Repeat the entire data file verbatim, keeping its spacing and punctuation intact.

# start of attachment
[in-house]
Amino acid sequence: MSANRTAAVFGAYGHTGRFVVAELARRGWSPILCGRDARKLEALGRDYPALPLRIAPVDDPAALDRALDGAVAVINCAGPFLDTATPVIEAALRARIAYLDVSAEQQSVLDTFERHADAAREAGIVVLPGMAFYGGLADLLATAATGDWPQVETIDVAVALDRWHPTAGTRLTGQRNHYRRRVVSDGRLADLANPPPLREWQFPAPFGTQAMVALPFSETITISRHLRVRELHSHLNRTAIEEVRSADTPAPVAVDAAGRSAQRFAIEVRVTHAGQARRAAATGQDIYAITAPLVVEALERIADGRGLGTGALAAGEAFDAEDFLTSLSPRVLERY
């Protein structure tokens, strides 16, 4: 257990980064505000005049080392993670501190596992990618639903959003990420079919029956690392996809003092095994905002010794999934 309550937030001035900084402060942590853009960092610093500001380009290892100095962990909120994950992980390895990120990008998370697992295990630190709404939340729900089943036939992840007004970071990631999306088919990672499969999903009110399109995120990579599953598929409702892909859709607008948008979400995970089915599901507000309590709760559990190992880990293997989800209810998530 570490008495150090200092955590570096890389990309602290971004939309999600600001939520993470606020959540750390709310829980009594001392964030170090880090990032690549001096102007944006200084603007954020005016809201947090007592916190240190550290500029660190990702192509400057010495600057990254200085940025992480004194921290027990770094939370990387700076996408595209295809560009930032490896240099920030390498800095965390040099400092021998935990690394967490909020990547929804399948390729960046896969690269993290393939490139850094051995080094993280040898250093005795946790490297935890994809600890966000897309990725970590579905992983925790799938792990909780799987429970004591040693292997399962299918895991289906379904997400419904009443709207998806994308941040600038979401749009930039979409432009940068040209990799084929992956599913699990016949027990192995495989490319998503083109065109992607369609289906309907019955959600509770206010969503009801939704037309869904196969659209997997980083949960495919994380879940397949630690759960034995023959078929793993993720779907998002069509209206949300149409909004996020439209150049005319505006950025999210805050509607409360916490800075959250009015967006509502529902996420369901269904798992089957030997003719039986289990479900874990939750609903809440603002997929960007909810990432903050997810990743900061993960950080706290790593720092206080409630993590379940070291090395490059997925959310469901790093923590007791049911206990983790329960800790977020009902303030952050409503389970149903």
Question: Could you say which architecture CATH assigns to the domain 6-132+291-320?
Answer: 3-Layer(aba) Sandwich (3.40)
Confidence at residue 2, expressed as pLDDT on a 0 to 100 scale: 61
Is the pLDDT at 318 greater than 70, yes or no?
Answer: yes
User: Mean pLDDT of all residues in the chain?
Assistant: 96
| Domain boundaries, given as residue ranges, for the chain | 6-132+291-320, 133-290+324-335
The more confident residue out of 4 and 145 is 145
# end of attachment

[in-house]
Amino acid sequence: MSANRTAAVFGAYGHTGRFVVAELARRGWSPILCGRDARKLEALGRDYPALPLRIAPVDDPAALDRALDGAVAVINCAGPFLDTATPVIEAALRARIAYLDVSAEQQSVLDTFERHADAAREAGIVVLPGMAFYGGLADLLATAATGDWPQVETIDVAVALDRWHPTAGTRLTGQRNHYRRRVVSDGRLADLANPPPLREWQFPAPFGTQAMVALPFSETITISRHLRVRELHSHLNRTAIEEVRSADTPAPVAVDAAGRSAQRFAIEVRVTHAGQARRAAATGQDIYAITAPLVVEALERIADGRGLGTGALAAGEAFDAEDFLTSLSPRVLERY
């Protein structure tokens, strides 16, 4: 257990980064505000005049080392993670501190596992990618639903959003990420079919029956690392996809003092095994905002010794999934 309550937030001035900084402060942590853009960092610093500001380009290892100095962990909120994950992980390895990120990008998370697992295990630190709404939340729900089943036939992840007004970071990631999306088919990672499969999903009110399109995120990579599953598929409702892909859709607008948008979400995970089915599901507000309590709760559990190992880990293997989800209810998530 570490008495150090200092955590570096890389990309602290971004939309999600600001939520993470606020959540750390709310829980009594001392964030170090880090990032690549001096102007944006200084603007954020005016809201947090007592916190240190550290500029660190990702192509400057010495600057990254200085940025992480004194921290027990770094939370990387700076996408595209295809560009930032490896240099920030390498800095965390040099400092021998935990690394967490909020990547929804399948390729960046896969690269993290393939490139850094051995080094993280040898250093005795946790490297935890994809600890966000897309990725970590579905992983925790799938792990909780799987429970004591040693292997399962299918895991289906379904997400419904009443709207998806994308941040600038979401749009930039979409432009940068040209990799084929992956599913699990016949027990192995495989490319998503083109065109992607369609289906309907019955959600509770206010969503009801939704037309869904196969659209997997980083949960495919994380879940397949630690759960034995023959078929793993993720779907998002069509209206949300149409909004996020439209150049005319505006950025999210805050509607409360916490800075959250009015967006509502529902996420369901269904798992089957030997003719039986289990479900874990939750609903809440603002997929960007909810990432903050997810990743900061993960950080706290790593720092206080409630993590379940070291090395490059997925959310469901790093923590007791049911206990983790329960800790977020009902303030952050409503389970149903």
Question: Could you say which architecture CATH assigns to the domain 6-132+291-320?
Answer: 3-Layer(aba) Sandwich (3.40)
Confidence at residue 2, expressed as pLDDT on a 0 to 100 scale: 61
Is the pLDDT at 318 greater than 70, yes or no?
Answer: yes
User: Mean pLDDT of all residues in the chain?
Assistant: 96
| Domain boundaries, given as residue ranges, for the chain | 6-132+291-320, 133-290+324-335
The more confident residue out of 4 and 145 is 145